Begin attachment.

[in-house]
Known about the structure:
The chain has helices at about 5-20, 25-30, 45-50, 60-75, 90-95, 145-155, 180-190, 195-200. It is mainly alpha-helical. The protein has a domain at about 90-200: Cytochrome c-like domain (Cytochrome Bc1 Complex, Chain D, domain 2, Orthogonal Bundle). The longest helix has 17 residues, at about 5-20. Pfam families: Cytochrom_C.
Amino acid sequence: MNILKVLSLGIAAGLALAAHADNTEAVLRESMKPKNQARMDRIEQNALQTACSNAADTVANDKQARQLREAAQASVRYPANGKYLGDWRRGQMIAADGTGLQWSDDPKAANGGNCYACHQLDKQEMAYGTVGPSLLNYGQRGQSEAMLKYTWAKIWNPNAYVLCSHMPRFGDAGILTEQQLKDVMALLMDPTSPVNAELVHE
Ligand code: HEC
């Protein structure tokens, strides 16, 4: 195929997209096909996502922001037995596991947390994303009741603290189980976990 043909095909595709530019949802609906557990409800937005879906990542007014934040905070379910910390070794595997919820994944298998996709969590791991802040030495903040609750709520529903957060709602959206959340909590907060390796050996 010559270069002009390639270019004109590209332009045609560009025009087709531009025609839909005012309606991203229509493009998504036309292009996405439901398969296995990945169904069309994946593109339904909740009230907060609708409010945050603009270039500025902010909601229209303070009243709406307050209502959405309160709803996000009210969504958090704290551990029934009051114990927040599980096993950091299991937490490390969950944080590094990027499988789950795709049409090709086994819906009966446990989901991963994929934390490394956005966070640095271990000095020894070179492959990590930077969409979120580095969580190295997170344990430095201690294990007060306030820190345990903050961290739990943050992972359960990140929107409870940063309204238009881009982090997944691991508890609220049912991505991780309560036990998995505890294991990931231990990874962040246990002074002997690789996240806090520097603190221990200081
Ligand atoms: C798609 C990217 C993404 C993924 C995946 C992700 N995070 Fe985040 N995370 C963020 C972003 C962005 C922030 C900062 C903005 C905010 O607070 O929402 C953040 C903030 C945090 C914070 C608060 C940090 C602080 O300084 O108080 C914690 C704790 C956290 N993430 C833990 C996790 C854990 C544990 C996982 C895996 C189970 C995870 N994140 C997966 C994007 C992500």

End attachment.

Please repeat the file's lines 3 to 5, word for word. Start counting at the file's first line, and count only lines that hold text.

The chain has helices at about 5-20, 25-30, 45-50, 60-75, 90-95, 145-155, 180-190, 195-200. It is mainly alpha-helical. The protein has a domain at about 90-200: Cytochrome c-like domain (Cytochrome Bc1 Complex, Chain D, domain 2, Orthogonal Bundle). The longest helix has 17 residues, at about 5-20. Pfam families: Cytochrom_C.
Amino acid sequence: MNILKVLSLGIAAGLALAAHADNTEAVLRESMKPKNQARMDRIEQNALQTACSNAADTVANDKQARQLREAAQASVRYPANGKYLGDWRRGQMIAADGTGLQWSDDPKAANGGNCYACHQLDKQEMAYGTVGPSLLNYGQRGQSEAMLKYTWAKIWNPNAYVLCSHMPRFGDAGILTEQQLKDVMALLMDPTSPVNAELVHE
Ligand code: HEC